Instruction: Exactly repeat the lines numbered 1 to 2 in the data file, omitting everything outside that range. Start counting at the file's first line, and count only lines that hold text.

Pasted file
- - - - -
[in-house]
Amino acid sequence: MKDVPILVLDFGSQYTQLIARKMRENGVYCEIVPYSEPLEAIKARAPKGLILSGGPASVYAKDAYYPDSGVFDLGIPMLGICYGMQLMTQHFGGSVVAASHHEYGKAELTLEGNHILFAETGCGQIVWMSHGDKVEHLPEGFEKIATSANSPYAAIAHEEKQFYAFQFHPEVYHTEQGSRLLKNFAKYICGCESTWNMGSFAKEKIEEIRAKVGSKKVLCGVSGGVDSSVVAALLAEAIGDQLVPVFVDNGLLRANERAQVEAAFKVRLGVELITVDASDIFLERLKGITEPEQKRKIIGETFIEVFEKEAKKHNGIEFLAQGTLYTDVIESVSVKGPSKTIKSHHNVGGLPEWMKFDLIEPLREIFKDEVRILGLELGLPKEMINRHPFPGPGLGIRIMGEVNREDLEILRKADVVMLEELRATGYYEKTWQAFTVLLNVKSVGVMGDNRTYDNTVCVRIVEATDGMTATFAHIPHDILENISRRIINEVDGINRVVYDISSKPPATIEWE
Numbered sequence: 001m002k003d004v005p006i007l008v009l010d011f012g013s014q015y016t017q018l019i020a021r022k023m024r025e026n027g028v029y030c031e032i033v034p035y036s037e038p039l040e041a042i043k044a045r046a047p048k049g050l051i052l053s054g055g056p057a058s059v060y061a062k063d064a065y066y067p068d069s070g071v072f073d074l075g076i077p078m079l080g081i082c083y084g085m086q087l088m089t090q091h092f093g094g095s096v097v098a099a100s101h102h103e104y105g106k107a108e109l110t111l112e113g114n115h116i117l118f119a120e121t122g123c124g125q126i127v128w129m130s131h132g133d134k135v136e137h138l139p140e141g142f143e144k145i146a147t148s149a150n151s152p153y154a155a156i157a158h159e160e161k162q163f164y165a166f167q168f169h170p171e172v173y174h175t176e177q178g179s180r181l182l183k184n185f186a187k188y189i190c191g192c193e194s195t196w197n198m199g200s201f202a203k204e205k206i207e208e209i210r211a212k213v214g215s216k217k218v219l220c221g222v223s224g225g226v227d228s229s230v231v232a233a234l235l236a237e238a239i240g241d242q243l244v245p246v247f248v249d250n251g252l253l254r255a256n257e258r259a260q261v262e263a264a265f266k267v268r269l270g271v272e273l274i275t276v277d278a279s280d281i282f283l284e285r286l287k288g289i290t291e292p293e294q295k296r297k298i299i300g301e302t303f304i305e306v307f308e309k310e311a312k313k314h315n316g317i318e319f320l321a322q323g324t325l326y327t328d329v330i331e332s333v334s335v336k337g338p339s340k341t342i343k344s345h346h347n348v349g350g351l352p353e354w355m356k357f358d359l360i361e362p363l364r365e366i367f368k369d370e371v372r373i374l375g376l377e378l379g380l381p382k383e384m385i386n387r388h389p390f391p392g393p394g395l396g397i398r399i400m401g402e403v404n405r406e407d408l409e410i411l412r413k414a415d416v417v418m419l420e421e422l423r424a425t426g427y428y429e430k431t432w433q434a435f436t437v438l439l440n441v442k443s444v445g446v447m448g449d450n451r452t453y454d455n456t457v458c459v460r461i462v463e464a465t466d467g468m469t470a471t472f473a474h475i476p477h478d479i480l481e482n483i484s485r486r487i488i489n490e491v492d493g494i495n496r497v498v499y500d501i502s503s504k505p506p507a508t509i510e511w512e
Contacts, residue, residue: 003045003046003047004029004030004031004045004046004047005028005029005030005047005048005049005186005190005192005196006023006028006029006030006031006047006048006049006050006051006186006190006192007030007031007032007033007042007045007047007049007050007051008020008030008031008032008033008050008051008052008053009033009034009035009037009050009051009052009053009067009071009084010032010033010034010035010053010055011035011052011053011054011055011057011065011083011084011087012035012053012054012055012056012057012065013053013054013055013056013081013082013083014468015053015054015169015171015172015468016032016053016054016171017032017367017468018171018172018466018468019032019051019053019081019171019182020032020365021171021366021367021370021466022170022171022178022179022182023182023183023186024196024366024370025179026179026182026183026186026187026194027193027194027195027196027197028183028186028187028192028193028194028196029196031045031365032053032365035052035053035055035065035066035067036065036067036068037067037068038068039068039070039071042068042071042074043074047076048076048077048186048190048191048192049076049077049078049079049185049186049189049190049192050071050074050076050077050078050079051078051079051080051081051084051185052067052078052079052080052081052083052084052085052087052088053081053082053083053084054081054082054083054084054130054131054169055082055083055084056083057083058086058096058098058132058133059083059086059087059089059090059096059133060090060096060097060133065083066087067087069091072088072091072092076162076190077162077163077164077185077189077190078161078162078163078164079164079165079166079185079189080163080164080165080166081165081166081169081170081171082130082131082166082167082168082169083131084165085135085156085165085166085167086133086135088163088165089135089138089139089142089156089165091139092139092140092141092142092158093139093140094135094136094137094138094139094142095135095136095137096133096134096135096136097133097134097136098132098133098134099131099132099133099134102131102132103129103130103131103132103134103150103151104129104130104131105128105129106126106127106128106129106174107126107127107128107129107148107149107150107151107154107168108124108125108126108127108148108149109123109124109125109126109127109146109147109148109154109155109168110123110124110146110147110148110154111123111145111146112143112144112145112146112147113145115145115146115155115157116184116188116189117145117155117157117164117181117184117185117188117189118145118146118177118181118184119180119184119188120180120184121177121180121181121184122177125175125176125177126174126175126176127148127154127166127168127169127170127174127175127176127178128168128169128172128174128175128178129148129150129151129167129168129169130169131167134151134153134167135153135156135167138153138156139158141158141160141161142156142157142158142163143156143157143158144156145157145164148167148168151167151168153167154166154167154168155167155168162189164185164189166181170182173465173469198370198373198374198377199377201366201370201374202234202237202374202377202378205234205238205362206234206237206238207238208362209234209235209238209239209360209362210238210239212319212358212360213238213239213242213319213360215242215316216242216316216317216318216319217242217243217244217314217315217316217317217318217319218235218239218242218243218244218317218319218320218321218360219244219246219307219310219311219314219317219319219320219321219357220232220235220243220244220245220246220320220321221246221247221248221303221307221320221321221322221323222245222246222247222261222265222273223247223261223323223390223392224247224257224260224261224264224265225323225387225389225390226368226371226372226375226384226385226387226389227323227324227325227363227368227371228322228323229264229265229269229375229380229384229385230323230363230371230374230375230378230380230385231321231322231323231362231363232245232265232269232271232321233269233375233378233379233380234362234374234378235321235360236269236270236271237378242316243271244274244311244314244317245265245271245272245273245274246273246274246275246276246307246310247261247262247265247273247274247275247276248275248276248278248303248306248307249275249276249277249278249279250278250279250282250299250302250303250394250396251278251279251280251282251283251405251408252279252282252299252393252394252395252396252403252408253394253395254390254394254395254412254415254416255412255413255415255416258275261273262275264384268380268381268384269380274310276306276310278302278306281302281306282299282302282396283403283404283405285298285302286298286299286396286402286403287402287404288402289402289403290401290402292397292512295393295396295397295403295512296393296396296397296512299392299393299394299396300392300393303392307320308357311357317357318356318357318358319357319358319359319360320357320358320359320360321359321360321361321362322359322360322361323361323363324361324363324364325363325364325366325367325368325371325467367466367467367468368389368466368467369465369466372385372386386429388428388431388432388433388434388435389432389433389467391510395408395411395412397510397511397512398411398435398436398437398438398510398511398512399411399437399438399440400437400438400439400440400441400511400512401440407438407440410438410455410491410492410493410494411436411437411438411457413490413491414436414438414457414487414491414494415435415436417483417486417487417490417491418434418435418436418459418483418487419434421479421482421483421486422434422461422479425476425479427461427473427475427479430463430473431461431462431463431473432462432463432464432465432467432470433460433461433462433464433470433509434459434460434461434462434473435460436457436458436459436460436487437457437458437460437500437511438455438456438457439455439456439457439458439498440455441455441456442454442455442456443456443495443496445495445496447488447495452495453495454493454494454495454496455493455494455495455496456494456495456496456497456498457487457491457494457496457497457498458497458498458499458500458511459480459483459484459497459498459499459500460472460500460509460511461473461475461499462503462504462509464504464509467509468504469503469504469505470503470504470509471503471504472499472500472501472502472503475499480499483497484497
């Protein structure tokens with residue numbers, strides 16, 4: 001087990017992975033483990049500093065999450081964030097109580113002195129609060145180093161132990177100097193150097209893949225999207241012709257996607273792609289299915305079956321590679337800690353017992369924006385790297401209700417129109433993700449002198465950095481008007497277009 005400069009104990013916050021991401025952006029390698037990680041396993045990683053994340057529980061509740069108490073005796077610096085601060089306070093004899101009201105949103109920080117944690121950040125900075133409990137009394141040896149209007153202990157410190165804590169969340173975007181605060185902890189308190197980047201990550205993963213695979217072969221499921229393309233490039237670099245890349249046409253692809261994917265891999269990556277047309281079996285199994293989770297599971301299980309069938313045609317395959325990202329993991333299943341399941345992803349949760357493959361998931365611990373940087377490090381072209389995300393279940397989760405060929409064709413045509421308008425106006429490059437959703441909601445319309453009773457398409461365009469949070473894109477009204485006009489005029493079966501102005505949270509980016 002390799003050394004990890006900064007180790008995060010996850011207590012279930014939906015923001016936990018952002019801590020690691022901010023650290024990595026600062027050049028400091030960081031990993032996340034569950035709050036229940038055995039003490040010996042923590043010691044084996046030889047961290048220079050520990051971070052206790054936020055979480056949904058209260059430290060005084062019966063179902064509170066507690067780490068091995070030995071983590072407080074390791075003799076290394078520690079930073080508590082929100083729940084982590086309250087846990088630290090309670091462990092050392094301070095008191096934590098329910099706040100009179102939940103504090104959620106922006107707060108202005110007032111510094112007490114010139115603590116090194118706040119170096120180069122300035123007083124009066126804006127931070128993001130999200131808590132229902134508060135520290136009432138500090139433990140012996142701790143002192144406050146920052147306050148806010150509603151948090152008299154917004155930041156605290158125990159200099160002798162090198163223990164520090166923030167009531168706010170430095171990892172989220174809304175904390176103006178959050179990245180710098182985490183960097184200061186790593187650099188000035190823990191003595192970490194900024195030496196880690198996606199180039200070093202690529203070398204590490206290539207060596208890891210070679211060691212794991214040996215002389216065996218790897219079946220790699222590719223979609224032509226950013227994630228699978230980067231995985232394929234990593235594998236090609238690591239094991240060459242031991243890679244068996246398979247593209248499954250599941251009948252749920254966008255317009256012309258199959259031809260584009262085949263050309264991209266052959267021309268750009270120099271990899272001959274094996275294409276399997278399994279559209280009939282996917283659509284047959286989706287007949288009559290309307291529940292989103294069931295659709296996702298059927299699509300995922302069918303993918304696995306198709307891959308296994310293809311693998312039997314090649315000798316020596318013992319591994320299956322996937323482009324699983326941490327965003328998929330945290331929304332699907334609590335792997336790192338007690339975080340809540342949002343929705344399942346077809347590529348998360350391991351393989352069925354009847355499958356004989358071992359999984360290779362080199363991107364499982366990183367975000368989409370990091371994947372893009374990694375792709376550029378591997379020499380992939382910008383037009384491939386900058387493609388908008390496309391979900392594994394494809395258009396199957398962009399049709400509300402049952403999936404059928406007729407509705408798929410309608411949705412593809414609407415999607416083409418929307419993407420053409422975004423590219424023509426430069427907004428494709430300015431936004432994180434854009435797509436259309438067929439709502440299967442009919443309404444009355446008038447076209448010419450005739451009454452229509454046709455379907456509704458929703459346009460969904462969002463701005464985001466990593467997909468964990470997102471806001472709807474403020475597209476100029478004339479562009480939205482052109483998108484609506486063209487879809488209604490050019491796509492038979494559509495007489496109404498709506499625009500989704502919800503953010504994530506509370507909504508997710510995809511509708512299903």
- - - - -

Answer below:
[in-house]
Amino acid sequence: MKDVPILVLDFGSQYTQLIARKMRENGVYCEIVPYSEPLEAIKARAPKGLILSGGPASVYAKDAYYPDSGVFDLGIPMLGICYGMQLMTQHFGGSVVAASHHEYGKAELTLEGNHILFAETGCGQIVWMSHGDKVEHLPEGFEKIATSANSPYAAIAHEEKQFYAFQFHPEVYHTEQGSRLLKNFAKYICGCESTWNMGSFAKEKIEEIRAKVGSKKVLCGVSGGVDSSVVAALLAEAIGDQLVPVFVDNGLLRANERAQVEAAFKVRLGVELITVDASDIFLERLKGITEPEQKRKIIGETFIEVFEKEAKKHNGIEFLAQGTLYTDVIESVSVKGPSKTIKSHHNVGGLPEWMKFDLIEPLREIFKDEVRILGLELGLPKEMINRHPFPGPGLGIRIMGEVNREDLEILRKADVVMLEELRATGYYEKTWQAFTVLLNVKSVGVMGDNRTYDNTVCVRIVEATDGMTATFAHIPHDILENISRRIINEVDGINRVVYDISSKPPATIEWE